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Siege of Centauri: Scenario Workshop Sneak Peek

Published on Sunday, August 4, 2019 By DerekPaxton In Siege of Centauri Dev Journals

We have a great time designing missions for Siege of Centauri. There is a lot of design work to do to get the pacing right. To much and it's overwhelming, to little and it's boring.

One of the lessons I have learned is that even though its fun to have a variety of challenges, large maps, multiple entrances, unpredictable movement, etc, it gets overwhelming very quickly. Unpredictable movement in particular can make someone want to drop kick their monitor when they setup defenses and enemies totally ignore them and go a different way.

In general I like these different threats because when they are used very specifically it provides a new challenge to tackle. For example I love Rul. It is a small map with one entrance, but there is no indication where the enemies are going to go when they enter the map. It isn't overwhelming because it is the challenge factor, everything else (enemy strength, etc) is all relatively easy. Most opponents don't even come for your colony first.

But the "unpredictable movement" tool in our toolbox is used very sparingly.

Likewise I really loved multiple entrances for forcing players to make decisions about deployment and not going down the same path every time as you may notice in other TD games. But it can also be overwhelming when you are completely unaware of an army as it sneaks past your defenses and sacks your colony and you didn't even know it was there. Having to make a calculated strategic decision is good, losing because your weren't monitoring the minimap closely enough isn't fun (and isn't the game we are trying to make).

It seems to feel better in larger groups. So instead of having enemies coming in form the East-West-East-West-East-West it feels better to be East-East-East-West-West-West. That way you are able to focus on a region as part of a larger war that is going on. Knowing you won't have anyone coming through the east entrance for the next 405 waves gives you time to leave that be and worry about other areas of a larger map.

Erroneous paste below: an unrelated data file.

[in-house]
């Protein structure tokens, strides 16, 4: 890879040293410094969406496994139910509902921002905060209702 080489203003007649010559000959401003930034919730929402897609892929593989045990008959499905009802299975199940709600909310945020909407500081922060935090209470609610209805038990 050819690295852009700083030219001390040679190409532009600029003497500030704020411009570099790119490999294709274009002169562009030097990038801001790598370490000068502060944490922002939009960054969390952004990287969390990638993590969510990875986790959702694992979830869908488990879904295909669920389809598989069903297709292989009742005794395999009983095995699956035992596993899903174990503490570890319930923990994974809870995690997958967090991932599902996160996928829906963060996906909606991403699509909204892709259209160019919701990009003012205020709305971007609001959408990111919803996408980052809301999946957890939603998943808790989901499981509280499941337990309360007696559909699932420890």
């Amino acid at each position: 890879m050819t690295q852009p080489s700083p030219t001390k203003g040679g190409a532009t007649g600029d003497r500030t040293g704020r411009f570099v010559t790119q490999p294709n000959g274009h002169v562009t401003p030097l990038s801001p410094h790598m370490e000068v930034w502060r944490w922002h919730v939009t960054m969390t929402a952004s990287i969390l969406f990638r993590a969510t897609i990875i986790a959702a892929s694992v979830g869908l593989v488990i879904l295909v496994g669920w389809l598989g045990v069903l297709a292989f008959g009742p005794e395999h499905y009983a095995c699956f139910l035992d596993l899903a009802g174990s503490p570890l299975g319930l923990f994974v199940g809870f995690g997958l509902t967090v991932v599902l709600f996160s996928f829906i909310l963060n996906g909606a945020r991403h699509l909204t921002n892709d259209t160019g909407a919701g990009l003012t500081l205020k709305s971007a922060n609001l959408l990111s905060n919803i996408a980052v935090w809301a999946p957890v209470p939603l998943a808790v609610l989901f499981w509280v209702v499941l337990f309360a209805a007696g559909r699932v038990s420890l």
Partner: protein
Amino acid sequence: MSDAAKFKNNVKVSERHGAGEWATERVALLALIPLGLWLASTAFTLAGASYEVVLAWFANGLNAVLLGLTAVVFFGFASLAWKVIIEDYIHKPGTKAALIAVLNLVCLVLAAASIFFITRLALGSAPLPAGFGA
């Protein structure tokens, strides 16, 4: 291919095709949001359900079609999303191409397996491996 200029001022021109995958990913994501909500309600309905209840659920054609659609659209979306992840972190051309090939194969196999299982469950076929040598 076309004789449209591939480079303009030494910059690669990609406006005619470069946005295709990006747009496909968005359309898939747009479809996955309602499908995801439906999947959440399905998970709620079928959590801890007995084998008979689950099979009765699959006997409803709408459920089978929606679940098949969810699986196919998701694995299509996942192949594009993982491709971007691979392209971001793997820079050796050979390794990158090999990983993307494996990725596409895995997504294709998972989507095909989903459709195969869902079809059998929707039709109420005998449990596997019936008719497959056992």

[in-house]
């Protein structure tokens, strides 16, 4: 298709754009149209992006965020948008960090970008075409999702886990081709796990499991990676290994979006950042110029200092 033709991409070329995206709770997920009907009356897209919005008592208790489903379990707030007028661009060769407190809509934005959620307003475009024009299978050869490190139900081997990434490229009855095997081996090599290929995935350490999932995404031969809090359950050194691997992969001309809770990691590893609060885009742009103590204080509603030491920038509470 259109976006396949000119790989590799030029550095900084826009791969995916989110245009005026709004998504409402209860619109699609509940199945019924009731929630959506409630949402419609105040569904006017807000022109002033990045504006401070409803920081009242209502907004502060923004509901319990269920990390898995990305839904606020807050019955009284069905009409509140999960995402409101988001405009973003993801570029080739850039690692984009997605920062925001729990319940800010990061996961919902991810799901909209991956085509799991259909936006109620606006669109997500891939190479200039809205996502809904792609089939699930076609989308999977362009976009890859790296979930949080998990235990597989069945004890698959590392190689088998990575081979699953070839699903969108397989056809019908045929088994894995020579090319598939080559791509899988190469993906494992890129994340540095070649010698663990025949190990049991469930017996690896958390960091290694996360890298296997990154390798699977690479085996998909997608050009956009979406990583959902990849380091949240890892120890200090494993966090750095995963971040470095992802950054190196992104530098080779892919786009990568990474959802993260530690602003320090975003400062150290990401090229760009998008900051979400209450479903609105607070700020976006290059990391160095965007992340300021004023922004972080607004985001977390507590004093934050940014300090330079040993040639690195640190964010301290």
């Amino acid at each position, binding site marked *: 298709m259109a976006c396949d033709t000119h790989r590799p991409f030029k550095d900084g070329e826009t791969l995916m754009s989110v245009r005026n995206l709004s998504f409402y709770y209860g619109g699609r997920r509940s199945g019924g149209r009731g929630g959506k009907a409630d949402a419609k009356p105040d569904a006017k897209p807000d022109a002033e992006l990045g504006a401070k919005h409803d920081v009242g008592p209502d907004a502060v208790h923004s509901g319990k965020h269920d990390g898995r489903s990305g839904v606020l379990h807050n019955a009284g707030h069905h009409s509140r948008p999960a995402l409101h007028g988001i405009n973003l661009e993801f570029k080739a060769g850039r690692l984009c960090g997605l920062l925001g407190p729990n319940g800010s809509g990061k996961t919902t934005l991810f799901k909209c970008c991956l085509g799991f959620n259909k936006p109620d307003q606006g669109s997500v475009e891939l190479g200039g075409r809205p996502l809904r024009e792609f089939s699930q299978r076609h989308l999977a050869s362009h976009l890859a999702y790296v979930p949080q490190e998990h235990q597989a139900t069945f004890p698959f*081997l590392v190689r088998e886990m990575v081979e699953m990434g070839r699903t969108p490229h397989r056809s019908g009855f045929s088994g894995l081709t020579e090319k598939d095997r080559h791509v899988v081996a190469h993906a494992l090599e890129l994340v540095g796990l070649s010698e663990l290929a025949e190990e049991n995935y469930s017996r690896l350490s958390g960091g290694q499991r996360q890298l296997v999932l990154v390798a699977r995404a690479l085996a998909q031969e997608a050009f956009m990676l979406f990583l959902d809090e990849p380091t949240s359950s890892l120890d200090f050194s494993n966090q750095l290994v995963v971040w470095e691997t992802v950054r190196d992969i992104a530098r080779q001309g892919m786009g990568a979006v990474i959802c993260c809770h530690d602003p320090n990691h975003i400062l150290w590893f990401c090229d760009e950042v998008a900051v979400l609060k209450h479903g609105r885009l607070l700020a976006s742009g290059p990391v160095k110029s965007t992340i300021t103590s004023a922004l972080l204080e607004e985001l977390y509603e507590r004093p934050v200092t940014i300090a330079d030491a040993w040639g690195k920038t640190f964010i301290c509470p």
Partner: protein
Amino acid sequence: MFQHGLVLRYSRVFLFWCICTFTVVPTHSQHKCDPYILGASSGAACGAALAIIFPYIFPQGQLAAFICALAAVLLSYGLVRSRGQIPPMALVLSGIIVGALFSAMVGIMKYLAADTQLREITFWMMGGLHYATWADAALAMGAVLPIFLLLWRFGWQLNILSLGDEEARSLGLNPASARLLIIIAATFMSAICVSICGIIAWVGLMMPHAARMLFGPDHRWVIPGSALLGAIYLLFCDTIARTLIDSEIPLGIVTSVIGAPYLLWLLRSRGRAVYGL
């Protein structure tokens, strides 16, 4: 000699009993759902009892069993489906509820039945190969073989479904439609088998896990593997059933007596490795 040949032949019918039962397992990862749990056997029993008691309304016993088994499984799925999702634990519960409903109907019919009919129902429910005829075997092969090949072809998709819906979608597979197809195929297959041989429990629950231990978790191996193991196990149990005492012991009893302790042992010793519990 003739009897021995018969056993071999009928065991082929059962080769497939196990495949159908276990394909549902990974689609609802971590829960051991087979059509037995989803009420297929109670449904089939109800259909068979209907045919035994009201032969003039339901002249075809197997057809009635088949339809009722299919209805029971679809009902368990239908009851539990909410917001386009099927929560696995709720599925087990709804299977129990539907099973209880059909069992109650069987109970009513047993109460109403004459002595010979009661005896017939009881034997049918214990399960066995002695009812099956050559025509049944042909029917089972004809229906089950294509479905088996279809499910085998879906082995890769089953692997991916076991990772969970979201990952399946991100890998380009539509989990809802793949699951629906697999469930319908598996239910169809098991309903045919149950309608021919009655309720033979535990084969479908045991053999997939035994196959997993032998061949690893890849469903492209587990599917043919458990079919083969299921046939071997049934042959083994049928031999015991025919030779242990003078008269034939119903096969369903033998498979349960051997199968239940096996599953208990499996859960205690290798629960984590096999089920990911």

It is a lot of fun. And soon you will be able to have that fun too. Siege will have the ability create and share your own missions with the community, as well as downloading and playing the missions other people have created. If you want to create a mission where There is barely any places to place towers you can do that. If you want nothing but endless rivers of reapers coming at your colony that never ends until you kill 1,000,000 of them, you can do that.

I'll provide a full modding guide for Siege later but for now this is a little sneak peek.

First we have a map editor that allows you to select the size, environment, terrain, buildings, effects and cosmetic values you want. Decide where to put your colony, outposts, fission reactors, metal refinery's and energy cells. Draw out your paths and place plateaus where you want the player to be able to put towers and basins and mountains where you want to block movement. Put your metal refineries in a great defensive location, or put them right by an entrance so they come under immediate attack.

I enjoy making maps, but you can also use one of the existing maps in the game if you want to jump right to planning the attack.

Everything for designing the mission script is in XML. We use the scripting functionality from Ashes of the Singularity, with a lot of new features for Siege. At a very high level you have Waves:

Which tell you what is to spawn and when. It includes the rush bonus for each wave (in case you want to play with those) and the timer for the main wave (Wave3 Timer=55 means that wave 3 will spawn 55 seconds after wave 2). As well as delays for parts of that wave. Just because there are 6 Punishers spawned in Wave 5 doesn't mean they all have to spawn at once (though they could), in the above they spawn 2 seconds part from each other.

You also need to define the paths. These give you complete control over where the units will go. You select where a spawn using this path will begin and where it will travel on its way to your colony. There is an option in the map editor to show positions so you can see exactly what points you want your enemies to travel to.

The third major piece is the Spawns themselves. These are what are called by the waves and you can see that they all have a path assigned. So you can see that if a wave called for a spawn of "Air-Spawn" it will create a Unit_Air (which is a Punisher group) on the path Path-Air for player 1 (the bad guys).

That's all you need to make it work. But if you really want to have some fun there are a lot of trigger you can play with. You can give the player some metal, spawn a specific enemy if a player put a tower in a certain region, make something happen when a particular enemy dies, send in some help for the player, and on and on. All of the missions in Siege are open (you can look through them with any text editor) so you can see how we do it for your own scenarios. And I'm excited to see what all of you come up with.

I came from the modding community so I get a lot of pleasure out of putting these sorts of tools into the game, and I look forward to playing your creations soon.

Galactic Civilizations Summer 2019

Published on Wednesday, July 31, 2019 By Frogboy In GalCiv III Dev Journals